Against a backdrop of scandal and sizzling allegations, City Hall is cranking up its disciplinary process in the cases of four Sacramento firefighters accused of engaging in group sex while on duty at Station 12.
So far, a dozen witnesses have been interviewed in the investigation into incidents of consensual sex involving three men and a woman, according to Fire Chief Julius "Joe" Cherry.
Disciplining any public employee is a formal and deliberate procedure - and usually a highly confidential one. But not this time.
The Station 12 allegations are the latest high-profile revelation regarding sex, alcohol and other misconduct within the Sacramento Fire Department.
Public outcry and political pressure have combined to shine a new spotlight on the city's system for dealing with employee misconduct.
"It's much more of a public process than the personnel process is normally," said Mayor Heather Fargo. "Because of that, there's more at stake."
The mayor and City Council invited some of that public scrutiny at a press conference July 3 when they revealed that on-duty firefighters took fire engines to an event billed as a Porn Star Costume Ball. In the following weeks, other revelations of misconduct hit the headlines, including drinking on duty and using fire engines to cruise bars and give joy rides to women.
The allegations spurred an extensive investigation, which culminated Oct. 12 when the city announced that nine firefighters were slated for termination and an additional 15 were disciplined.
Two days later, five of those terminations were quietly rescinded.
"The city made a mistake" in announcing the firings before the disciplinary process was completed, said Martha West, a professor of labor law at the University of California, Davis.
"Usually termination comes at the end of a long sequence of discipline."
West called dismissal the "capital punishment of public sector discipline."
She added that arbitrators often revoke terminations when the employee's prior record is clean.
That was the case for the five whose terminations were rescinded in October, according to Cherry. Instead of being fired, they eventually received 240-hour suspensions and "last-chance contracts" that place them on probation for five years.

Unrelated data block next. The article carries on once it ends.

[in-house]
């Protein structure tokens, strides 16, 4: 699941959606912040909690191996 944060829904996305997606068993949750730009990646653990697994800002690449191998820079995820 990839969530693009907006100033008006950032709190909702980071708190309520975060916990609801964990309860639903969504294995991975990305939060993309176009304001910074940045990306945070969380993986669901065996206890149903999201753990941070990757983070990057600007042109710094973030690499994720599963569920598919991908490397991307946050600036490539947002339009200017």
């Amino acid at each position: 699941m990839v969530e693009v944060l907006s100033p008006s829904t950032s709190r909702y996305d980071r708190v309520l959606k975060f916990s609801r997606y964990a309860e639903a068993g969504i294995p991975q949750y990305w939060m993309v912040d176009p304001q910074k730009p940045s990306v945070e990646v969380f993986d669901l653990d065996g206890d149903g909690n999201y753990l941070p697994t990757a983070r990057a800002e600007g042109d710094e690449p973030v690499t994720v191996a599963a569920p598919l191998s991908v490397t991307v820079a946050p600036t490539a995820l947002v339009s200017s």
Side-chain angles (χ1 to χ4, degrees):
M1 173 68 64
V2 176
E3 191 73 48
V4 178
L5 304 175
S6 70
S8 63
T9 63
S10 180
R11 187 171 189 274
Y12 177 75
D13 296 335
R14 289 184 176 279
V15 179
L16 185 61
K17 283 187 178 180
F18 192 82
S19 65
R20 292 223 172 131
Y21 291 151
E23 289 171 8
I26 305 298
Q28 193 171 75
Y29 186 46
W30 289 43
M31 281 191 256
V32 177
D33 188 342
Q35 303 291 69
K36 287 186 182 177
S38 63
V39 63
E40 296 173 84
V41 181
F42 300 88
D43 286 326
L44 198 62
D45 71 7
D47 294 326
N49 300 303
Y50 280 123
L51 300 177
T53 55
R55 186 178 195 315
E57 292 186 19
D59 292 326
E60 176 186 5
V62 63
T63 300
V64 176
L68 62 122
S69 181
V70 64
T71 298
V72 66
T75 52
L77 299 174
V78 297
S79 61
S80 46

In City Hall, the discipline of employees is overseen by Dee Contreras, director of labor relations. She said the city has a strong case against the four firefighters from Station 12.
"No employer ever pays you to have sex on duty," she said.
"Sex on duty is a fireable offense, in my opinion."
Contreras outlined a formal discipline process that is basically the same for every city worker, regardless of the job or the allegations.
The process begins with a report of misconduct. A fact-finding investigation begins, with interviews of witnesses and the employee.
Then, Contreras and her staff decide whether there is enough evidence to build a case and, if so, what discipline would be appropriate.
Levels of punishment range from a letter of reprimand to dismissal.
Next, an official notice of the intended discipline is sent to the employee. That letter "is written in the most strident language possible," Contreras said.
The employee has five days to request a review. During that review, the employee and a union representative may try to negotiate a different outcome.
"We can settle a case at any point," according to Contreras.
If no settlement is reached, the city sends a final letter stating what the discipline will be. At that point, the employee has 15 days to appeal to the city's Civil Service Board, a commission appointed by the mayor.
Typically, the matter then goes to a hearing officer - an arbitrator or an administrative law judge - who hears testimony, reviews evidence, listens to arguments from both sides, and makes a tentative decision. The final decision is up to the Civil Service Board.
An employee who disagrees with that finding can take the matter to civil court.
One issue the city no doubt will face, as it moves forward against the firefighters accused of group sex, is whether they can be disciplined more harshly than those involved in the Porn Star Ball.
As public outrage builds, council members acknowledged, there is pressure to punish new revelations of misconduct more harshly.
Councilman Rob Fong said he and his colleagues must let the discipline process takes its course and not overreact.
"It's like parents who get progressively madder and madder at their children, until finally some relatively minor transgression can be the last straw," Fong said.
"To be fair, we have to consider each case individually - everyone deserves their day in court.
"In the end, it's not just a matter of disciplining people when there are transgressions. We need more than the deterrent effect. We need to be a little more forward-thinking and say: What are the breakdowns in the department that allowed these transgressions to exist? And then we have to have the will to make changes."
About the writer:
- The Bee's Elizabeth Hume can be reached at (916) 321-1203 or email@example.com.